The Magic waived veteran guard Larry Hughes after the game, and plans are in the works to add a point guard from the NBA Developmental League.

    ``It’s frustrating to me as a coach because I can’t figure out what we’re doing wrong,’’ Magic coach Stan Van Gundy said. ``The hard thing (Wednesday) night was that we couldn’t run anything. We couldn’t even get into our offense with their pressure.’’

  • Of all the Magic players, the one most affected by the hectic nature of the schedule this season seems to be Hedo Turkoglu. A strong start to the season has given way to some ugly struggles of late for Turkoglu, who is struggling with his shot and is lacking the ability to get into the paint off the dribble.

    Since missing two games with back spasms on Jan. 18 and 20, Turkoglu made just 12 of 48 shots and 10 of 30 3-pointers.

    And things didn’t go much better Wednesday night with Turkoglu again struggling with his shot after often settling for off-balanced heaves. He made just one of seven tries in the first half against the Wizards and his one bucket was a banked in 3-pointer as the shot clock expired.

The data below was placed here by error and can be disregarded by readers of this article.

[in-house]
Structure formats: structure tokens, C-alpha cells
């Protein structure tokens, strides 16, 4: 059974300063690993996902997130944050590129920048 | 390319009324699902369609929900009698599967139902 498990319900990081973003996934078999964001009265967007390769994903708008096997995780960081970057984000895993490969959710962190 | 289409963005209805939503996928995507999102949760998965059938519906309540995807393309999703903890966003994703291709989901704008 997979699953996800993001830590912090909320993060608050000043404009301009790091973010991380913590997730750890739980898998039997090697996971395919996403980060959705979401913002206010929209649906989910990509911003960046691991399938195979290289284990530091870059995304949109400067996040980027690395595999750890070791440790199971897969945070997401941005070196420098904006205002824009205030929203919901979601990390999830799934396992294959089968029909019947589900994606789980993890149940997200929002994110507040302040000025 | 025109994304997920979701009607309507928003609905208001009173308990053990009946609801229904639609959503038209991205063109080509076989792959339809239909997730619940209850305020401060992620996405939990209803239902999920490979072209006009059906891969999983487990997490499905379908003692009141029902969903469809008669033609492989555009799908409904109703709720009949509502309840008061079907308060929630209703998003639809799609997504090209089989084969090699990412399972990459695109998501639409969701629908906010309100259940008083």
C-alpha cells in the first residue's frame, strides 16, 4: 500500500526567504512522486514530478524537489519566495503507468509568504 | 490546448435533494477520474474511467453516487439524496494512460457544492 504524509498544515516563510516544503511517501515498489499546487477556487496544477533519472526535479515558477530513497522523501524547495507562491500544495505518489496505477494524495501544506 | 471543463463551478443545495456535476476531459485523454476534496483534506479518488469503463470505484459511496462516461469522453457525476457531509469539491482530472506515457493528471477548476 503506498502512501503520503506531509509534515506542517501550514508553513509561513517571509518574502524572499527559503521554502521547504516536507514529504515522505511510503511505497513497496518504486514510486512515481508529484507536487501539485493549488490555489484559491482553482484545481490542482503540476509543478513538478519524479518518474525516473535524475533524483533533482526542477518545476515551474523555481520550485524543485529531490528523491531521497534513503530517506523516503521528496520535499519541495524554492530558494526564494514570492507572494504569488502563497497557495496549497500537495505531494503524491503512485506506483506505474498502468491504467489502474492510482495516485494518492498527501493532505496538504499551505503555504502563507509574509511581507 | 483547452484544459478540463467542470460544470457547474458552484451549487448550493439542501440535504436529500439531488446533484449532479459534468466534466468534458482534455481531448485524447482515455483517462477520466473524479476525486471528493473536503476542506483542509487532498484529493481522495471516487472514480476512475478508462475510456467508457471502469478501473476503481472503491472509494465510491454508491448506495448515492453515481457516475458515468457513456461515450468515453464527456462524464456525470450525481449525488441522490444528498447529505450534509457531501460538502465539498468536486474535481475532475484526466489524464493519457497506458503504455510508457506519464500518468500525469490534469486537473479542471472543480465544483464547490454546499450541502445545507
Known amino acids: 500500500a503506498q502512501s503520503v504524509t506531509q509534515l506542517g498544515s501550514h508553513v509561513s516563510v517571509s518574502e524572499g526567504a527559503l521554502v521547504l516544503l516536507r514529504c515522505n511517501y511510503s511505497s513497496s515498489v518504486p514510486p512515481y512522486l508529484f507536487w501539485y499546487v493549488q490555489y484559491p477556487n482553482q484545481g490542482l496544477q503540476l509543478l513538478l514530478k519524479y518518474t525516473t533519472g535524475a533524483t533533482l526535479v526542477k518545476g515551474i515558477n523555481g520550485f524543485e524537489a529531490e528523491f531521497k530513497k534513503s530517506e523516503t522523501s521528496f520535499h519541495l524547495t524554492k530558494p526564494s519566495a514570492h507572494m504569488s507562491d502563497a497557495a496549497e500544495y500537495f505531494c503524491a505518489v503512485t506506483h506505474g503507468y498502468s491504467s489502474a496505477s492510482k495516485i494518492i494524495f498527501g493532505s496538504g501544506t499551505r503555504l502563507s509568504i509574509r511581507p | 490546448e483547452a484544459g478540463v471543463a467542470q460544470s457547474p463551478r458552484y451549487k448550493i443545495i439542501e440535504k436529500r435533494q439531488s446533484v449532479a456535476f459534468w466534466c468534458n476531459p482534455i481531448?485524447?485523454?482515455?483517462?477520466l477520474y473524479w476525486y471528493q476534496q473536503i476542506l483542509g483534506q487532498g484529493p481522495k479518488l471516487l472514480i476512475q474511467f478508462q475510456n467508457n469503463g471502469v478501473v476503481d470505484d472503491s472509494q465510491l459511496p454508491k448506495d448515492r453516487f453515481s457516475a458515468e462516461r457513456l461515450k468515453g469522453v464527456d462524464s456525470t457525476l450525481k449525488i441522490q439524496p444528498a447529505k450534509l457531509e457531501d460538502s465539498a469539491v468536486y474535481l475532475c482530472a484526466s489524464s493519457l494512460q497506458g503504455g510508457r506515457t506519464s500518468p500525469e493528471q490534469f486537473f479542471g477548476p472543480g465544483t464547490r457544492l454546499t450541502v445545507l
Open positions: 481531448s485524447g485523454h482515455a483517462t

After two more misses in the third quarter, Turkoglu finally hit a short baseline shot. He celebrated the make by clutching his head with both hands.

    As has often been the case with him, Turkoglu finished strong in the fourth quarter. He scored eight of his 15 points in the fourth quarter to salvage a five of 16 shooting night.

  • Frustrated by a non-call on a power move to the rim in the third quarter, Howard flipped the ball into press row along the baseline and was whistled for another technical foul.

    It was Howard’s sixth technical foul of the season, the second most in the NBA. Only Oklahoma City center Kendrick Perkins – who argues as if he’s never committed a foul in his NBA career – has more technical fouls with eight.